• [0023]
    In yet other embodiments, there is provided a method of performing a surgical procedure in tissue, including providing a shape-memory self-retaining suture having a deployment form and an in vivo form, wherein a transition in the suture from the deployment form to the in vivo form is effectuated by a physiological condition of the tissue, and deploying the suture into the tissue. In some embodiments, the physiological condition may be is physiological temperature and/or physiological pH.
  • [0024]
    The details of one or more embodiments are set forth in the description below. Other features, objects and advantages will be apparent from the description, the drawings, and the claims. In addition, the disclosures of all patents, patent applications and publications referenced herein are incorporated by reference in their entirety.
  • [0025]
    The details of one or more aspects or embodiments are set forth in the description below. Other features, objects and advantages will be apparent from the description, the drawings, and the claims. In addition, the disclosures of all patents and patent applications referenced herein are incorporated by reference in their entirety.
  • DESCRIPTION OF DRAWINGS
  • [0026]
    Features of the invention, its nature and various advantages will be apparent from the accompanying drawings and the following detailed description of various embodiments.
  • [0027]
    FIG. 1A is a view of a shape-memory self-retaining suture system in accordance with an embodiment of the present invention.
  • [0028]
    FIG. 1B is a view of a portion of the shape-memory self-retaining suture thread of the shape-memory self-retaining suture system of FIG. 1A.
  • [0029]
    FIGS. 1C and 1D are sectional views of the shape-memory self-retaining suture thread of FIGS. 1A and 1B illustrating the transition of a retainer from one shape to another shape in response to a transition stimulus.
  • [0030]
    FIG. 2A, is a flowchart of the process of making and programming a shape-memory self-retaining suture in accordance with one embodiment of the present invention.
  • [0031]
    FIGS. 2B to 2F show a shape-memory self-retaining suture during the steps of the process of 2A.
  • [0032]
    FIGS. 3A to 3C show the use of a shape-memory self-retaining suture to close a wound in accordance with an embodiment of the present invention.
  • [0033]
    FIG. 3D shows an alternative transition stimulus applied to the shape-memory self-retaining suture of FIGS. 3A-3C.
  • [0034]
    FIGS. 4A to 4G show the use of shape-memory self-retaining sutures to close wounds in accordance with embodiments of the present invention.
  • [0035]
    FIG. 4H shows the use of a shape-memory self-retaining suture to elevate tissue in accordance with an embodiment of the present invention.
  • [0036]
    FIGS. 5A to 5C show an alternative shape-memory self-retaining suture in accordance with an embodiment of the present invention.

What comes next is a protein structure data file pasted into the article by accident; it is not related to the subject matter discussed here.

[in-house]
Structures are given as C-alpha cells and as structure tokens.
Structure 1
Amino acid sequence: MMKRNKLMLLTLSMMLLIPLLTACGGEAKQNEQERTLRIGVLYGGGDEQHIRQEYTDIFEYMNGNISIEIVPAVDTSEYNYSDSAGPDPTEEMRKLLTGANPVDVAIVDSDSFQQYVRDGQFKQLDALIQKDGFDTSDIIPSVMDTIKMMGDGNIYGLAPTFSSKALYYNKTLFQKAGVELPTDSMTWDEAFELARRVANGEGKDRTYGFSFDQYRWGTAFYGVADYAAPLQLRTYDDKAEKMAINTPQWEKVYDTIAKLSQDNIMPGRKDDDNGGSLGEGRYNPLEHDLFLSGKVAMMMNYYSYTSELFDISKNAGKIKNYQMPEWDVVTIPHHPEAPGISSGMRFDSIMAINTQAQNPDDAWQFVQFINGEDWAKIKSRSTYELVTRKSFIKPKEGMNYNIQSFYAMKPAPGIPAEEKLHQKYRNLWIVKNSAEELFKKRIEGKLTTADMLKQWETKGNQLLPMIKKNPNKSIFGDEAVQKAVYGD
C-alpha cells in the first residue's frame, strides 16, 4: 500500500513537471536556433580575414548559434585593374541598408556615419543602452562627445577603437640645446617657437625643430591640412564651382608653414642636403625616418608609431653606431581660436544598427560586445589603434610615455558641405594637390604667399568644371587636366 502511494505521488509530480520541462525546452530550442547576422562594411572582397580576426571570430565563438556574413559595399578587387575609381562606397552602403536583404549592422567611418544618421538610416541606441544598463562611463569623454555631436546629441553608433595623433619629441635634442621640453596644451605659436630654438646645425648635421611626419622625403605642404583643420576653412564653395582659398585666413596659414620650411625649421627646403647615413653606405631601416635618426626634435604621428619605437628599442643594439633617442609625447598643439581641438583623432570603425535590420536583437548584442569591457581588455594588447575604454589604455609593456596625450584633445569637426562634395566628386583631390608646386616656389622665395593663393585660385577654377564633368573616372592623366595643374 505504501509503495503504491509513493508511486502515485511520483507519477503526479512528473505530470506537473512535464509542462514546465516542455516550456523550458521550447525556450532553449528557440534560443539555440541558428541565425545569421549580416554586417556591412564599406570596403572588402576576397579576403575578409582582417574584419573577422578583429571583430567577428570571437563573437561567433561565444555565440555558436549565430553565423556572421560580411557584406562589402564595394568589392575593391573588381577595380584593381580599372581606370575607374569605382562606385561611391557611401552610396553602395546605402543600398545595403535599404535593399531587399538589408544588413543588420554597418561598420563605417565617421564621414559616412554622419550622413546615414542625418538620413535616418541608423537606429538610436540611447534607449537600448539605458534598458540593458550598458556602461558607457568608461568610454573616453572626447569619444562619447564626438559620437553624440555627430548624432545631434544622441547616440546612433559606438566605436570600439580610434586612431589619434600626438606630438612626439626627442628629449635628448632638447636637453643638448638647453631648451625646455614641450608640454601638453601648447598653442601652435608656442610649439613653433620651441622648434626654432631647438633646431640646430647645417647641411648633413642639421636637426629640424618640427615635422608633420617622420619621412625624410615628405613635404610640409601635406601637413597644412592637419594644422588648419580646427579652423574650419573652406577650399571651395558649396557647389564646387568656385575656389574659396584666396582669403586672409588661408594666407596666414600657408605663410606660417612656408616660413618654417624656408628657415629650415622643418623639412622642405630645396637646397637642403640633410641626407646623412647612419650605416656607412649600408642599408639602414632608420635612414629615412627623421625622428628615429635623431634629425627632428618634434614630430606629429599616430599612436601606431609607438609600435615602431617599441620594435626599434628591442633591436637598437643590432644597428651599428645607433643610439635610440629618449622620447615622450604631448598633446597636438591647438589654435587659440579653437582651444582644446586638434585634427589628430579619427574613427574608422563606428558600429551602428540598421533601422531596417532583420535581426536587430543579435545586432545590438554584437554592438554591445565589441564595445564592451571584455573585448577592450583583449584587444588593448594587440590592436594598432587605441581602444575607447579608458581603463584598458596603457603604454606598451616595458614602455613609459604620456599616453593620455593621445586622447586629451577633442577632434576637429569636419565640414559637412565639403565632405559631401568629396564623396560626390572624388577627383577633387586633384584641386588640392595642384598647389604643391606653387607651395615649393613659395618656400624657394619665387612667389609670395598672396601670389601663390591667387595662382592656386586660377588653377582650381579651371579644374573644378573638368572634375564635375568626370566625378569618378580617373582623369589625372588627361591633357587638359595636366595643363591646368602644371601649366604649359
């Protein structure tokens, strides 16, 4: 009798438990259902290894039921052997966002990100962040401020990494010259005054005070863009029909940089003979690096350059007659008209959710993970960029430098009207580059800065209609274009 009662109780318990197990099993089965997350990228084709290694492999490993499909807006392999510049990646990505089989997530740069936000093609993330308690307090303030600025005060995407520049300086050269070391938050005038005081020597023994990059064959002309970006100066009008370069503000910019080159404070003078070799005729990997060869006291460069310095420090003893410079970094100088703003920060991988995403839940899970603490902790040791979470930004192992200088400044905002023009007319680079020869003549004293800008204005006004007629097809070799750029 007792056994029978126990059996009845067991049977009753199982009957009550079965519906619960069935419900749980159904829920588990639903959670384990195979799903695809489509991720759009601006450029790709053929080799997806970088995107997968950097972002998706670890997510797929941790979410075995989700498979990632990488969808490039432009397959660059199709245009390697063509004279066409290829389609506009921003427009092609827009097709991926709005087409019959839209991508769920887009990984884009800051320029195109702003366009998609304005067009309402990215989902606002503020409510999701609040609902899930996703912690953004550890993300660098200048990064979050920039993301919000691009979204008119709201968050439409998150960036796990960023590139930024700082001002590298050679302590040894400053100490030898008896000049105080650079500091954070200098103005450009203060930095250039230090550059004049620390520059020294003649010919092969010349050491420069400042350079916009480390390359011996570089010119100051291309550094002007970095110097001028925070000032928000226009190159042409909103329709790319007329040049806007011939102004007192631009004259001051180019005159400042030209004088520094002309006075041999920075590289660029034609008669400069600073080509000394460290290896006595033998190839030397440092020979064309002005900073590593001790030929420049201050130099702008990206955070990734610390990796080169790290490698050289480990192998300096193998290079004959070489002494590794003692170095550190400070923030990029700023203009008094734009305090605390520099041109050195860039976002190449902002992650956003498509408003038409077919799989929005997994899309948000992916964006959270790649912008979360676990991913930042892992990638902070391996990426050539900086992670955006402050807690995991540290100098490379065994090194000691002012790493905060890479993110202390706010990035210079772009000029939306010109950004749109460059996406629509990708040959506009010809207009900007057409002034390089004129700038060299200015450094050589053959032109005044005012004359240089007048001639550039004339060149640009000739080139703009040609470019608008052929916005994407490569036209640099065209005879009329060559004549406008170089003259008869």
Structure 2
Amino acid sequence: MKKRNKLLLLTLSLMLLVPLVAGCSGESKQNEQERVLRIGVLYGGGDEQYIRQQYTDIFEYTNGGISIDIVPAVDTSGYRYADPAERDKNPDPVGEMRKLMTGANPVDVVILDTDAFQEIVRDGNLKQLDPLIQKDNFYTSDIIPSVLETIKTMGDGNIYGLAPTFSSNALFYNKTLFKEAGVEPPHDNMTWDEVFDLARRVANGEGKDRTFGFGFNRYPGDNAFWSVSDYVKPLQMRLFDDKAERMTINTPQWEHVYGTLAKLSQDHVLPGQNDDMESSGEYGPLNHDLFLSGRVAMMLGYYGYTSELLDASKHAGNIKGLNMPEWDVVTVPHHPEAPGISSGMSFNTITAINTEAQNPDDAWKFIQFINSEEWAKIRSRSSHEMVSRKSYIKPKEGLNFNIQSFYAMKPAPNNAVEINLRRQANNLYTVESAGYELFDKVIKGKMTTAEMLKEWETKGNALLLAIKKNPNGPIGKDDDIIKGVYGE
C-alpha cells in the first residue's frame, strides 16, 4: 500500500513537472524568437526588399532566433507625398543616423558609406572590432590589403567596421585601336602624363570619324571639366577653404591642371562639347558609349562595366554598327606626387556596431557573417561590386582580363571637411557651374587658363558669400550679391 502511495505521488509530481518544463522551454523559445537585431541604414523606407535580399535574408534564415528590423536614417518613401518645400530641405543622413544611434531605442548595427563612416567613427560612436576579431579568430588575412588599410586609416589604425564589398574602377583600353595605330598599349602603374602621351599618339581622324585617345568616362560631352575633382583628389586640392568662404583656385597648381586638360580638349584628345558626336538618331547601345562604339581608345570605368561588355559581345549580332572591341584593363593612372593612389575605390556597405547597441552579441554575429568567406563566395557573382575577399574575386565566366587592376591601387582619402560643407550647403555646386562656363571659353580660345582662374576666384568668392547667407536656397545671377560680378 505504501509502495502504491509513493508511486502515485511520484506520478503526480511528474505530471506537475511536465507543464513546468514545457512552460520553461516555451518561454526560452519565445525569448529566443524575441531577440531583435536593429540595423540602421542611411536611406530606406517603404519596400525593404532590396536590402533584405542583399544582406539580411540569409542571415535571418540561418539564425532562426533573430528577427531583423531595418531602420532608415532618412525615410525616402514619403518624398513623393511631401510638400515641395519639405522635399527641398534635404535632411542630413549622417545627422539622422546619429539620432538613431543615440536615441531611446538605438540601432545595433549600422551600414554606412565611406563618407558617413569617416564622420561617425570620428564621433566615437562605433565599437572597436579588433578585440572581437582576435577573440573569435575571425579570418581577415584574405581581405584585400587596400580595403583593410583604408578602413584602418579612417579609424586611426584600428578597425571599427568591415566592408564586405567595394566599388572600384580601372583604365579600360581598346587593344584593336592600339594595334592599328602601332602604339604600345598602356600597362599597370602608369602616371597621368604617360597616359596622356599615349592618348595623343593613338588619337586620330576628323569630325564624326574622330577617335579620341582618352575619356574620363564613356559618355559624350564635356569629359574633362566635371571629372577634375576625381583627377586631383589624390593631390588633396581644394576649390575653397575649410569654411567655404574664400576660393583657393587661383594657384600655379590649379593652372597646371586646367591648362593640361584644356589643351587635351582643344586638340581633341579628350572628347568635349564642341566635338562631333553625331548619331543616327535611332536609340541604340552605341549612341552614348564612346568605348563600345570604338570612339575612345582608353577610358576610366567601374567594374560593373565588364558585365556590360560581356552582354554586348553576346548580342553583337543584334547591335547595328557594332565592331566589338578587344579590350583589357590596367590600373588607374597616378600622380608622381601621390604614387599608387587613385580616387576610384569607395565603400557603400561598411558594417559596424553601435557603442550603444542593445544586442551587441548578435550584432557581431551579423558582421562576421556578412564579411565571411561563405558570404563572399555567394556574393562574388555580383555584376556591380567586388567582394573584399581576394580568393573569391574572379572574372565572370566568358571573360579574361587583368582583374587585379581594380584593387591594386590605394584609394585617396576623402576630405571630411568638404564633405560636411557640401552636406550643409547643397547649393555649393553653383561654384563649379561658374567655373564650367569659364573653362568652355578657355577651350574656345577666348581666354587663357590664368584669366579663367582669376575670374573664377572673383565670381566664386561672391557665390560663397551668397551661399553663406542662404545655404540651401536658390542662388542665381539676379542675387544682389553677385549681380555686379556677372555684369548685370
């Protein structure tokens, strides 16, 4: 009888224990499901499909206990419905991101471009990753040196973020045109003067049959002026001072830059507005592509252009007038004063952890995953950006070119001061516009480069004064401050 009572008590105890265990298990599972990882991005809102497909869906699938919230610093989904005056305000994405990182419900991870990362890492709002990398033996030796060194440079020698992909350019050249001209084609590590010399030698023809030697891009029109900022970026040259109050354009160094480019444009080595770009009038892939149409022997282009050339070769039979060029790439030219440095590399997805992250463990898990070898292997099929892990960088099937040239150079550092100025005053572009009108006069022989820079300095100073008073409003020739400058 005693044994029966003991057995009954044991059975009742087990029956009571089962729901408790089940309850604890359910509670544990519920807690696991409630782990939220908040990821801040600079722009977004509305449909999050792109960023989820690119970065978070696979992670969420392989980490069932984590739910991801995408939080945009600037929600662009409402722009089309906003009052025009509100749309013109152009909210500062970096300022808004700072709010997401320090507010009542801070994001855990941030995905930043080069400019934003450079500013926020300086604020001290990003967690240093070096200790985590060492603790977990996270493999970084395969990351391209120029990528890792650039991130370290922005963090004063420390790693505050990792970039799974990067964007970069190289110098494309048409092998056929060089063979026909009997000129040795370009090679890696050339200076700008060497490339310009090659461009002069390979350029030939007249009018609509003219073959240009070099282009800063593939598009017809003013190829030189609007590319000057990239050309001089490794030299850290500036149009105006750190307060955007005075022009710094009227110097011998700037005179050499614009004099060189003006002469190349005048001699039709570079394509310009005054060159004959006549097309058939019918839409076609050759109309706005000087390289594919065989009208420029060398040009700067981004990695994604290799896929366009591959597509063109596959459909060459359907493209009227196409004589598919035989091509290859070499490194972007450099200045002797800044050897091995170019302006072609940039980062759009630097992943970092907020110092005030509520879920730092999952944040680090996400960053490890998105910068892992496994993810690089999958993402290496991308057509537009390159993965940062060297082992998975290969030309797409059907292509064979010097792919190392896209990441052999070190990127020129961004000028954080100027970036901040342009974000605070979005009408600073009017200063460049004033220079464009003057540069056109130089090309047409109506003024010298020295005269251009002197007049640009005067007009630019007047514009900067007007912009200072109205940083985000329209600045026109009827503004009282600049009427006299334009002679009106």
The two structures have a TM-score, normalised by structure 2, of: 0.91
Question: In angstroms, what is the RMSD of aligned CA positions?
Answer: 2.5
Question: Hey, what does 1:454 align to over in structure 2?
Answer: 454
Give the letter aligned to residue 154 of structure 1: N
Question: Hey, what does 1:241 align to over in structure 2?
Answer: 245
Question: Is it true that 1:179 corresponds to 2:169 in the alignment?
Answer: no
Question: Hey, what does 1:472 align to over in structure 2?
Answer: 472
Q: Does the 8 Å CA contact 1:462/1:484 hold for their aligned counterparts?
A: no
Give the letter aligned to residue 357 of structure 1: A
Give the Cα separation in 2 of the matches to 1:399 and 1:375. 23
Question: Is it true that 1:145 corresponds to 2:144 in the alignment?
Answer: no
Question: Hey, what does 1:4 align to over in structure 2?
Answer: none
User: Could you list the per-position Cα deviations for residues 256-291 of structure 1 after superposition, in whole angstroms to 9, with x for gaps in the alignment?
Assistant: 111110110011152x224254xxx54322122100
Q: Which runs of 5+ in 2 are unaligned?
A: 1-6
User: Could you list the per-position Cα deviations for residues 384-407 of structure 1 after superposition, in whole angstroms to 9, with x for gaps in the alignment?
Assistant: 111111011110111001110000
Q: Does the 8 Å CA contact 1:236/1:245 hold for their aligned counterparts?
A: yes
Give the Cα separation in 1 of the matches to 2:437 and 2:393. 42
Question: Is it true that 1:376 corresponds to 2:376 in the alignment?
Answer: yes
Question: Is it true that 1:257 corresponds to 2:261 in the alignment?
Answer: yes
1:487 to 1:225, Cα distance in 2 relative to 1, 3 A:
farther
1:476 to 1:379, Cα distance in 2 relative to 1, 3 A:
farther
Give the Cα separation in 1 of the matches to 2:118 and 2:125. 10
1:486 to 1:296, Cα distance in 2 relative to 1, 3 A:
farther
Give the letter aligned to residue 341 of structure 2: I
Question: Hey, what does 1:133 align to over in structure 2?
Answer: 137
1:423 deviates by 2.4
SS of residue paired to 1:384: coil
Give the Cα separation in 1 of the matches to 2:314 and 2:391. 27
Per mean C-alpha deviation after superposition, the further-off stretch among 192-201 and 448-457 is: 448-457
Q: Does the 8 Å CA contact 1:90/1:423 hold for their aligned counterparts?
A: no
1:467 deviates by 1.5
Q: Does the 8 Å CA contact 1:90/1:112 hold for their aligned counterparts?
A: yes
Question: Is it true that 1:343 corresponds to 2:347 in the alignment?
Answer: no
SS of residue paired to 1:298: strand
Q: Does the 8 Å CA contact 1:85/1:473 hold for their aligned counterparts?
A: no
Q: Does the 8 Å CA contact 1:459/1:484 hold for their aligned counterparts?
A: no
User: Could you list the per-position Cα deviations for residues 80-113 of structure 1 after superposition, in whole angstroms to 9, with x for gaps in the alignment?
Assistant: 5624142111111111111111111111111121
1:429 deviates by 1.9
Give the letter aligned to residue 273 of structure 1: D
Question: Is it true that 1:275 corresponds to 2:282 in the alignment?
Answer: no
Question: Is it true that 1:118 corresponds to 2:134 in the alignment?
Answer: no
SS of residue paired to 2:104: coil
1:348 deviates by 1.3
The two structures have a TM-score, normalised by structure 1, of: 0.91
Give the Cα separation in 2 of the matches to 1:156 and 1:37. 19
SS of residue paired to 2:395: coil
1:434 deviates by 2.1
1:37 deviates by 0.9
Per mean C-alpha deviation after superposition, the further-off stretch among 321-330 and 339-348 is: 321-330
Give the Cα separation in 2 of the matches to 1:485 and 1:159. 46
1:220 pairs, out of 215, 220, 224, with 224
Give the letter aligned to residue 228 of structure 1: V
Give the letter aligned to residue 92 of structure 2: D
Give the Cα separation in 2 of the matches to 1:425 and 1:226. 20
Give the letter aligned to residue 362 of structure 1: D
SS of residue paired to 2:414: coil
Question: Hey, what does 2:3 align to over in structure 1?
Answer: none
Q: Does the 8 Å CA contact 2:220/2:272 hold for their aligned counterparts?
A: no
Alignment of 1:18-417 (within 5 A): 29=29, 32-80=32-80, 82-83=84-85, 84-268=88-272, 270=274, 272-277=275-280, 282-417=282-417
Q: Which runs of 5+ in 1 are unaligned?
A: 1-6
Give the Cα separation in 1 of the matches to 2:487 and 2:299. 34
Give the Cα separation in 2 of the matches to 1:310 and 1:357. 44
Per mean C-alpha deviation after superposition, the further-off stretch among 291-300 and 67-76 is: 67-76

• [0037]
    FIGS. 6A to 6C show an alternative shape-memory self-retaining suture in accordance with an embodiment of the present invention.
  • [0038]
    FIGS. 6D to 6F show an alternative shape-memory self-retaining suture in accordance with an embodiment of the present invention.
  • [0039]
    FIGS. 7A to 7B show methods for manufacturing composite filaments suitable for making composite shape-memory self-retaining suture in accordance with embodiments of the present invention.
  • [0040]
    FIGS. 8A to 8H show various configurations of composite filaments suitable for creation of composite shape-memory self-retaining sutures in accordance with embodiments of the present invention.
  • [0041]
    FIGS. 9A to 9C show a composite shape-memory self-retaining suture in accordance with embodiments of the present invention.
  • [0042]
    FIGS. 10A to 10E show a self-retaining suture having shape-memory retainers in accordance with embodiments of the present invention.
  • [0043]
    FIGS. 10F to 10H show configurations of self-retaining suture systems having more than two arms in accordance with embodiments of the present invention.
  • [0044]
    FIGS. 11A to 11B show a shape-memory self-retaining suture having a therapeutic agent in accordance with an embodiment of the present invention.
  • DESCRIPTION OF INVENTION Definitions
  • [0045]
    Definitions of certain terms that may be used hereinafter include the following.
  • [0046]
    “Self-retaining system” refers to a self-retaining suture together with devices for deploying the suture into tissue. Such deployment devices include, without limitation, suture needles, cannulas and other deployment devices as well as sufficiently rigid and sharp ends on the suture itself to penetrate tissue.
  • [0047]
    “Self-retaining suture” refers to a suture that comprises features on the suture filament for engaging tissue without the need for a knot or suture anchor.
  • [0048]